When his textile factory burned down, he opted not to take the $300 million in insurance money and retire. Neither did he succumb to the temptation to build a new factory offshore to exploit cheaper labour. Instead, he attempted to rebuild the factory and used his own money to pay his 3000 staff wages and benefits over the three months it took to rebuild. In contrast to sociopathic self-interest, his concern was about the impact on his employees’ families and their local communities. Unable to recover economically, he became bankrupt but ‘wealthy.’ With the benefit of hindsight, he was asked if he wished he’d taken a different path. Adamant he did the right thing, he said, “We are charged with acting not for the moment but rather for the larger goal.”

Mental Health and Human Connection
After Adam Smith offered his theory about labour specialisation leading to greater wealth, he was careful to warn of the human cost that would accompany it, saying that choosing meaningless, but high paying rote work would render a person unable, “Of conceiving any generous, noble or tender sentiment.” His warning is increasingly coming true.

It is frequently said that we are reaching a tipping point when it comes to how we relate to the environment. The same may be true socially. America’s National Institute of Mental Health, reported that rates of antisocial personality disorder had almost doubled over a period of 15 years. In Martha Stout’s book, The Sociopath Next Door, she argues that our western culture of individualism fosters both the development of antisocial behavior and the ability to disguise it. Eastern, more communal cultures tend to focus on the interrelatedness of all living things.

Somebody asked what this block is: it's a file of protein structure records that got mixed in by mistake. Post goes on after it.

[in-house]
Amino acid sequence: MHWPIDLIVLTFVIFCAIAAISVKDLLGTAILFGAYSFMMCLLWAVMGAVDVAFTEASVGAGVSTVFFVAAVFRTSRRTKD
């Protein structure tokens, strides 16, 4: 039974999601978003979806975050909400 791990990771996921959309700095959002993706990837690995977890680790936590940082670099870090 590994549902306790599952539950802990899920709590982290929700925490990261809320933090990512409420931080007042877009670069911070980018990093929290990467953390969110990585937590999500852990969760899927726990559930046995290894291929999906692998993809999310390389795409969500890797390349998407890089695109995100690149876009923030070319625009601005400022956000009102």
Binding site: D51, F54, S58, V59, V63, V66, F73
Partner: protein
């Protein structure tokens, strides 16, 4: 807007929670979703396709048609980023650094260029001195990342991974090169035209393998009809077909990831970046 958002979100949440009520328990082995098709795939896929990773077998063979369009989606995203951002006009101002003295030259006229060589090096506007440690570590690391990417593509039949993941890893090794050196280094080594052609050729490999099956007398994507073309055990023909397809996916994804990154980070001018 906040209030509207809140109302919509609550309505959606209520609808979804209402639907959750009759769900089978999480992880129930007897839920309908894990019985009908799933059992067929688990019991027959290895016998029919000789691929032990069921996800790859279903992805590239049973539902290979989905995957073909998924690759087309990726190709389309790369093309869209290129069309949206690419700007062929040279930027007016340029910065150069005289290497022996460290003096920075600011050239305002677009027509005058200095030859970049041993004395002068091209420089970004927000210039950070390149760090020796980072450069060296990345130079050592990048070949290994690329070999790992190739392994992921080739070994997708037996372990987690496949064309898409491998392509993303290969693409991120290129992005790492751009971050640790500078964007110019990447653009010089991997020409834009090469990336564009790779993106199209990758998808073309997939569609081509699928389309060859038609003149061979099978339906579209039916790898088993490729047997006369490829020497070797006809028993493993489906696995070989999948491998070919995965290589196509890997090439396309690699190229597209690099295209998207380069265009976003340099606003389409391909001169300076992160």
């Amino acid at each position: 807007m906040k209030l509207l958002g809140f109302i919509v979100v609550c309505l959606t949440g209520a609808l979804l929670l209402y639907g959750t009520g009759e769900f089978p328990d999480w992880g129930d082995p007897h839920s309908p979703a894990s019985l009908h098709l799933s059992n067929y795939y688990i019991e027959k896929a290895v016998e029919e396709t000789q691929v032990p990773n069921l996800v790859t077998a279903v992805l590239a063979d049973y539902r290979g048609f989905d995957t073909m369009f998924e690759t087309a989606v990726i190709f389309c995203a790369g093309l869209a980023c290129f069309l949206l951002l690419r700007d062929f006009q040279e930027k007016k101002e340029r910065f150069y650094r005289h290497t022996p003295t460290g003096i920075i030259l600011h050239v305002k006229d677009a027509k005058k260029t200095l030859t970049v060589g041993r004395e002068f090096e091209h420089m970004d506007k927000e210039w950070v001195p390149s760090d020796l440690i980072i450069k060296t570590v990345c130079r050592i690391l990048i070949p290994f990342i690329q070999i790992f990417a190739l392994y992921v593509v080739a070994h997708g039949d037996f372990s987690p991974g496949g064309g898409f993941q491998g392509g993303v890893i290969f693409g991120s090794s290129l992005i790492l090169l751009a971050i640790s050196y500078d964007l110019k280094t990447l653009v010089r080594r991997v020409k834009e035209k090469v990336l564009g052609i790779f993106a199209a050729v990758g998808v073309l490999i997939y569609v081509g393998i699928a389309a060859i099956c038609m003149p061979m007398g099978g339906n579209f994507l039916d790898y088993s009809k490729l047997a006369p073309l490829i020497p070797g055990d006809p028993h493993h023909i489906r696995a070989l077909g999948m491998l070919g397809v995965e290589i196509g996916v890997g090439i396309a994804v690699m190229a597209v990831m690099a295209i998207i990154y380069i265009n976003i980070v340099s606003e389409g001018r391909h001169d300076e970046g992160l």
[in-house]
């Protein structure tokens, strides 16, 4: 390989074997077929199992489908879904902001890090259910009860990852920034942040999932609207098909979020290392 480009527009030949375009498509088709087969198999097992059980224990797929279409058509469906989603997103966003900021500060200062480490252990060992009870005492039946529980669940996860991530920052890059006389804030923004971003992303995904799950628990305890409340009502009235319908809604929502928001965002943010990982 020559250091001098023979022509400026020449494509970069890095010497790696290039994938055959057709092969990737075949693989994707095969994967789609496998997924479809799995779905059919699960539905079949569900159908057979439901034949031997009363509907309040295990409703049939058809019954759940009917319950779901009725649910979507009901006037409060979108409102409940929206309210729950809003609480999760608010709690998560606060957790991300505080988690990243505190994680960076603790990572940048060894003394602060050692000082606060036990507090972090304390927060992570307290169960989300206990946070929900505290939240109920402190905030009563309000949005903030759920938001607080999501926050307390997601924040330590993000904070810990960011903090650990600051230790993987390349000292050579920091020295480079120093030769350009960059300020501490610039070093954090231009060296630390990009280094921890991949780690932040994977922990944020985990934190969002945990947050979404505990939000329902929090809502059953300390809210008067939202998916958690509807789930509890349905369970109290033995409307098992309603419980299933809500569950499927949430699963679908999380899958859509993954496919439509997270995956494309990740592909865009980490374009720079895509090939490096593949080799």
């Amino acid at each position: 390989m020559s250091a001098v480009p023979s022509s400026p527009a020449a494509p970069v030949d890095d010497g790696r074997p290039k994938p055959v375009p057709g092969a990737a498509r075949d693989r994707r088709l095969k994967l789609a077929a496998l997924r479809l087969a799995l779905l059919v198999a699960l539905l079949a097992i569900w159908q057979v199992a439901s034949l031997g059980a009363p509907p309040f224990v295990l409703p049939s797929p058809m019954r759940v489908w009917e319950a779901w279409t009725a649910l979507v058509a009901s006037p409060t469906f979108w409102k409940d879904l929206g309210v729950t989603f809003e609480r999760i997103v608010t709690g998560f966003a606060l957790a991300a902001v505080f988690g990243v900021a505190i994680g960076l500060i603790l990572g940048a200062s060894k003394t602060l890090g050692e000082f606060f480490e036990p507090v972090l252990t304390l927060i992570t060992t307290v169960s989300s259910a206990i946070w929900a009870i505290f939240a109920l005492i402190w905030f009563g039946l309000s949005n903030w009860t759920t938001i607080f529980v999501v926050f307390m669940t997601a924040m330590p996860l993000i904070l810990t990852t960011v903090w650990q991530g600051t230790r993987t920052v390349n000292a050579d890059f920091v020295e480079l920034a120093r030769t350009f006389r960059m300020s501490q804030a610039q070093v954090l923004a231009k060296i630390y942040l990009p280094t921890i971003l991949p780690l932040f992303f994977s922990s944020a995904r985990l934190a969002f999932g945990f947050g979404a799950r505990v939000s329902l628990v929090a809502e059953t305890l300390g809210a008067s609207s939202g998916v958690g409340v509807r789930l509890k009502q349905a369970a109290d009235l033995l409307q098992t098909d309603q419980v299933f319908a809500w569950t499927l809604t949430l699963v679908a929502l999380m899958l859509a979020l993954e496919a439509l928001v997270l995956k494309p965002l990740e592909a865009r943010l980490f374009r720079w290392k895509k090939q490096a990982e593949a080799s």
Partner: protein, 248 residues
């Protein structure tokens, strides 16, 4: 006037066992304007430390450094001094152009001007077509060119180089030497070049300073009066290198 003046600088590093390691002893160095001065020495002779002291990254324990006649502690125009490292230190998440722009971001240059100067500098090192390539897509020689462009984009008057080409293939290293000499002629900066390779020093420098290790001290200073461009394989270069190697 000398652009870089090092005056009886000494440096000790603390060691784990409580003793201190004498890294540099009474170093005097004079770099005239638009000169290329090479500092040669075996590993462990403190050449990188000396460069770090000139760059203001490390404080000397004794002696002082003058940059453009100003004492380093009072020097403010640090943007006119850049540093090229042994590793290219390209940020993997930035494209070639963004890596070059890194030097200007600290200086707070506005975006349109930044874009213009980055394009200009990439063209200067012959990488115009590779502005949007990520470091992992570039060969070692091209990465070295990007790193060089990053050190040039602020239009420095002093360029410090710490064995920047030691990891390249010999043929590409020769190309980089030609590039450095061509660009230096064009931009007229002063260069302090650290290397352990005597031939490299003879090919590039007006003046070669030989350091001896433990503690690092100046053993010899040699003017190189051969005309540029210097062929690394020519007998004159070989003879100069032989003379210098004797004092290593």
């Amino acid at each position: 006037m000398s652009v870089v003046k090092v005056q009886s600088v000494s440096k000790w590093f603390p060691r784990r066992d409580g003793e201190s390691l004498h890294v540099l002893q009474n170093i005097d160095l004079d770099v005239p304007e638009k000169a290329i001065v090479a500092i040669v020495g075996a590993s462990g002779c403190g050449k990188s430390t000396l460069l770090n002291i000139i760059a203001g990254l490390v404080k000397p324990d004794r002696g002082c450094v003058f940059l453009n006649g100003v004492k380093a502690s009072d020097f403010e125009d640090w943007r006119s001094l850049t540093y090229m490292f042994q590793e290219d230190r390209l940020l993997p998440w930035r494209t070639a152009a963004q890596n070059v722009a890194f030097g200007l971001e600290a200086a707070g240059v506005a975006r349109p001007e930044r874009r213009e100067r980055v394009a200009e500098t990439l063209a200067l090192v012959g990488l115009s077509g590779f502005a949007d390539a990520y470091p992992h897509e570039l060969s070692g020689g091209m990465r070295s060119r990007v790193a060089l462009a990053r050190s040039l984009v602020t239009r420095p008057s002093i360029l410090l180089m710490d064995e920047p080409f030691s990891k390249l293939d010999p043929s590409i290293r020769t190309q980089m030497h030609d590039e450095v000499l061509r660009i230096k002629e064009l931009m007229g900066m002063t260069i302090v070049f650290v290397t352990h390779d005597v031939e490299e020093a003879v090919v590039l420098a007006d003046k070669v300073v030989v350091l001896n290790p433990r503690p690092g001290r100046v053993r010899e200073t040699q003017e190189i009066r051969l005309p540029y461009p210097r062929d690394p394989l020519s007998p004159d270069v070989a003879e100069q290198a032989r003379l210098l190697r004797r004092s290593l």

Filmmaker Roko Belic visited 14 different countries in an attempt to find what made people happy and he released his findings through a documentary. In the slums of India, he saw the poorest of the poor taking care of one another, “While those back home built fences around their homes and didn’t know the neighbors who they’ve lived next to for 10 years.” In Japan, he discovered a similar communal bond near Okinawa where the community came together after having its village burned down and family members lost during WWII.

He then turned to a Western attempt at restoring communal feeling, visiting a co-housing community in Denmark that a single mum with two kids joined. Not only did it relieve her of the financial burden, the extended family and sense of belonging restored her sense of wellbeing and happiness. Inspired to action by what he personally saw, Roko left his aloof suburban neighbourhood to move into a trailer park and remarked, “Literally, within the first two weeks of moving here, I met more people than I did in 10 years of having a house in the suburbs of San Francisco.”

Arthur Miller once commented that, “An era can be said to end when its basic illusions are exhausted.” It is time we saw through the hollowness of naked individualism and leave the mask of separation aside to embrace our interconnectedness. As Ian MacLaren simply put it, “Be kind, for everyone you meet is fighting a hard battle.”

Once again we’re facing an evolutionary fork in the road or a tipping point of sorts. Each of us must make the choice to side with the sociopaths and the worn out model of cannibalistic capitalism or join those taking the path of the heart as they usher in conscious capitalism and a return to community. The latter may still be a fringe affair, but the tide is turning, just as it has done with sexual equality, racial equality and gender equality over the last century.

Accompany us at an upcoming workshop and join with other practical dreamers to help determine what part it is you will play in the building of a better world.

“When one dreams alone, it is only a dream. When many dream together, it is the beginning of a new reality.” - Friedensreich Hundertwasser

Browse our list of resources, including a trailer to Roko Belic's documentary - Happy